fbpx

Education Blog

 

Select a title below to read more:

The Warraskoyack: A Brief History

We (especially those of us working in the Public History Field) often hear the phrase, “History is written by the victors.” This idiom rings particularly true when trying to do any in-depth research of the many Native Indigenous Tribes that dwelled here in North America, before and after colonial contact…

What Does Religious Freedom Really Mean?

William Shakespeare writes in his play, The Tempest, “What’s past is prologue.” It is a sentiment that links us to our history. Even if we don’t know our history very well, the past still informs what we believe and how we act today…

Black Literacy in Colonial America: The Impact of the Bray Schools

When Americans generally think about colonial education, we often imagine men like Thomas Jefferson and James Madison pouring over books in their personal libraries. Hardly ever do we reflect on how literacy and education came into contact with those who American society did not consider “elite”. Indeed, I often get looks of confusion or bewilderment when I tell people that I study the history of Black literacy in Colonial Virginia…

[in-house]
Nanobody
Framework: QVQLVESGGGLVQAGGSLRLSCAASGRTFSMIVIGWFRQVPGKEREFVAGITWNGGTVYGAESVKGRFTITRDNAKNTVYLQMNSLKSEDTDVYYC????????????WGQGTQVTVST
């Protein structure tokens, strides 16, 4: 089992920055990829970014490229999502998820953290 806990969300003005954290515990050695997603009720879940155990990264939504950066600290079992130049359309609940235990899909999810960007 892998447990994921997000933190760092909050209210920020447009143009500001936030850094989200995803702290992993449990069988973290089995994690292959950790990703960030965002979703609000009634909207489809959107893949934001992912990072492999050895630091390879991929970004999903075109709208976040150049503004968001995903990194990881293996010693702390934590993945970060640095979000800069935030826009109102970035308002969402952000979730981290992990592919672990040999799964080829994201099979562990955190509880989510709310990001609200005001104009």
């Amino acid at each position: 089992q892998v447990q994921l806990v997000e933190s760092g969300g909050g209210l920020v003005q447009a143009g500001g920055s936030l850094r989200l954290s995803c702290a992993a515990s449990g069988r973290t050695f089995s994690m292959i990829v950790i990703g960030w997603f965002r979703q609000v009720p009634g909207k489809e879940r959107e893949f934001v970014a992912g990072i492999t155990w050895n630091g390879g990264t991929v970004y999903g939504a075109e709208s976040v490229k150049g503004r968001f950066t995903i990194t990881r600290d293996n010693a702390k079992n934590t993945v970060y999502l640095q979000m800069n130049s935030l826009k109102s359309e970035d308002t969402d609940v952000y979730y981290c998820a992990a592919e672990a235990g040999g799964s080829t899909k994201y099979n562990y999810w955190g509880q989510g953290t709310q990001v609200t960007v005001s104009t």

The Origins of Race: A Brief History

When we talk about the concept of race in the 21st century, we are discussing a socially constructed idea. For the most part, we are talking about skin color when we use the term today. But, at the dawn of the 17th century, race typically identified a group of people with a common ancestor. That group, just as we see in families today, could be quite diverse…

Bishop James Madison and Religious Freedom

When I speak with people about Bishop James Madison of Virginia, often the initial response is one of confusion. “I didn’t know that James Madison was a bishop,” some have replied, confusing the clergyman with his cousin of the same name, the third president of the United States. But Bishop Madison is a significant historical figure in his own right as the first bishop of the Protestant Episcopal Church in Virginia…